I had lived in Amsterdam before I moved to Marrakech. So no wonder I bought a bike on my second day in the city and started to cycle in Marrakech every day.
It worried me, though, how I would manage to cycle in the hectic streets of Marrakech. This city has so many forms of transportation. Mopeds, motorcycles, donkey carts, horses and carriages – all like to use their own rules like a constant horn blowing and hand gestures. Even pedestrians cross the streets anywhere. Besides, in Amsterdam, cars stop at the red light. In Marrakech – not necessary.
It took me a few days to get used to the local cycling rules. Even though the traffic in the streets looks disorganized, everyone knows their place in this chaos. In Marrakech, bicycle roads are not everywhere. So, it is a good idea to recall your car driving skills.
Where to buy a bicycle?
I bought my bike in the Bab El Khemis flea market. In this large souk, you can find all sorts of old things. It has workshops making furniture, bedding, pottery and metalwork alongside the market stalls and individuals with their goods laid out on the ground.
My first bike cost 700 MAD, and it was a good catch. My second bicycle cost 1200 MAD (around 100 euros). It’s a perfect Dutch-style city bike, almost new, with gears, a front basket and locks. The seller also gave me the receipt with an original bike number, so it is a very legal, registered beauty.
You can also buy bicycles on online advertising pages like Avito.ma or Facebook marketplaces. In Marrakech, there are also plenty of stores to purchase new bikes. However, I still prefer the flea market’s spirit and unique finds.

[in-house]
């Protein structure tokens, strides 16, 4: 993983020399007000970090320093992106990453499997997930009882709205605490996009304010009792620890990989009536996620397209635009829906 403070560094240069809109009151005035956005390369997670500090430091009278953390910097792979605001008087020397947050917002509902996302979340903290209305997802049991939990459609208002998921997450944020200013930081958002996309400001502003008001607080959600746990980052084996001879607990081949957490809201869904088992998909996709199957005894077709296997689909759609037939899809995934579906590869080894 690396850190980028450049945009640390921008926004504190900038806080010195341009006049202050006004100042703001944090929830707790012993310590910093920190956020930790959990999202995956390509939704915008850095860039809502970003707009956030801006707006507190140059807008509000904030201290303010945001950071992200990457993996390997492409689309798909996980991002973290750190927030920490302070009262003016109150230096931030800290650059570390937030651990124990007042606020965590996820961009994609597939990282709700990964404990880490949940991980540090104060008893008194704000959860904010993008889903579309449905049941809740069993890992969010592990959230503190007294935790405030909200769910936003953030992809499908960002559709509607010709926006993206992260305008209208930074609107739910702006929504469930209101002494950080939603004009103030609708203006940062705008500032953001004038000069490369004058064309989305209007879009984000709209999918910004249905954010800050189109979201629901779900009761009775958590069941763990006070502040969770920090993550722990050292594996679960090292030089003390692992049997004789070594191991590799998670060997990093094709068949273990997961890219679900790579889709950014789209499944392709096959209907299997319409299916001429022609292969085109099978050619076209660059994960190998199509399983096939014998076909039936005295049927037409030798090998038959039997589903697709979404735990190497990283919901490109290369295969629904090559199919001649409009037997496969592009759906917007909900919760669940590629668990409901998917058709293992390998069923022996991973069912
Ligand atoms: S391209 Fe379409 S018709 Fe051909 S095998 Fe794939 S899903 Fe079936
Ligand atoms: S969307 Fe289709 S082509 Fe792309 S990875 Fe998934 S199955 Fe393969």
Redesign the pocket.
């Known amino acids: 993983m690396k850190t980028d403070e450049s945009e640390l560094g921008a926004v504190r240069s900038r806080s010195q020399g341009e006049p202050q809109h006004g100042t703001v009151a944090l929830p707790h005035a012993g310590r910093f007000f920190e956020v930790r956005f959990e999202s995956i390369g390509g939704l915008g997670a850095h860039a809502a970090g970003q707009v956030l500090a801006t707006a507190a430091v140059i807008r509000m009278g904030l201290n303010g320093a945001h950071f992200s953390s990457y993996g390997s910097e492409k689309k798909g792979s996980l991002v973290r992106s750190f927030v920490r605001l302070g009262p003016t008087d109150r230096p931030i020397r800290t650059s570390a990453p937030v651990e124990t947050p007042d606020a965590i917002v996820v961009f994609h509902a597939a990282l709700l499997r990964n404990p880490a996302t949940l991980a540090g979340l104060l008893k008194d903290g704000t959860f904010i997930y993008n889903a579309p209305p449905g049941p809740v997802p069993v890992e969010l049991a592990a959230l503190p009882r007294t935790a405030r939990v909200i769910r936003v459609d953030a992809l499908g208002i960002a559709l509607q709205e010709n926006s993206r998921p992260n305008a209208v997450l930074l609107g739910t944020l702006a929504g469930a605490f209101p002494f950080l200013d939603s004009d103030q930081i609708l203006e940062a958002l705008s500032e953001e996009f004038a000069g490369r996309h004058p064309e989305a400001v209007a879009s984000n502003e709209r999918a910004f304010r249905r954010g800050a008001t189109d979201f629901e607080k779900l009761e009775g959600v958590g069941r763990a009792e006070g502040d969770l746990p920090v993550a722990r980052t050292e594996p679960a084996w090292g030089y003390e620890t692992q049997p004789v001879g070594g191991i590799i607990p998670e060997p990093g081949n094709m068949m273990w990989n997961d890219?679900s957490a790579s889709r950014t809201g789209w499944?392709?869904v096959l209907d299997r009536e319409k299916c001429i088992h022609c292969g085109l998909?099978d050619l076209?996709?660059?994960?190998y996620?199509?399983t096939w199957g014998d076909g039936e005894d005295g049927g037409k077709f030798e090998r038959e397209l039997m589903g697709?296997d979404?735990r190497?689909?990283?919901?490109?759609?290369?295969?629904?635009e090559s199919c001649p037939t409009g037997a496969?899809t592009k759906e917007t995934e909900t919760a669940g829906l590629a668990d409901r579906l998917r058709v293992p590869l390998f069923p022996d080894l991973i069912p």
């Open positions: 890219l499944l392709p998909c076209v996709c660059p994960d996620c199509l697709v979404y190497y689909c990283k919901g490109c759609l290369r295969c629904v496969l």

Where to park your bike in Marrakech? Leaving it attached to something in the street is a significant risk. It would be best if you are looking for a special guard that takes care of cars, bikes, and scooters for a 2-3 MAD fee. How does it work? First, look for a place with many bikes/scooters; next to it, you will see a guard with a safety vest. Say “hi”, show your bike, and he will lead you to the best parking spot.
The parking men will often mark your seat with white chalk and give you a paper ticket. There are many parking garages in Medina, be careful; they get complete speedy, and guards can hide your bike under a dozen others.
Marrakech is the first African city to haveing a functioning bike-sharing scheme. The Medina Bike Marrakech project is launched in partnership with UNIDO, GEF, the Ministry for the Environment of the Kingdom of Morocco and the town of Marrakech.
Medina Bike is an entity of the system operator Estates Vision, working in partnership with Smoove SAS, the bike-sharing specialist. This project was organized for COP22, the UN Climate Change Conference, which took place in Marrakech in November 2016.
The project installed 320 new bikes and around 12 stations in locations such as Koutoubia or Majorelle Garden. Bicycles are available 24/7; you will need your credit card. A day pass costs 50 MAD and an annual one – 500 MAD. More info here.
Pikala Bikes project brings old bicycles from Holland to Marrakech and refurbishes them here to use them for social bicycle projects. Pikala bikes also offer professional bicycle tours.
Pikala Bikes office and the rental place are located in Medina, in the Riad Laarous neighbourhood, close to Lycée Mohammed V. More info you will find on Pikala Bikes website.
Another company doing bicycle tours in Marrakech is the Baja Bikes, organizing fun bike tours in over 150 cities worldwide. You can book a bicycle tour in Marrakech here.
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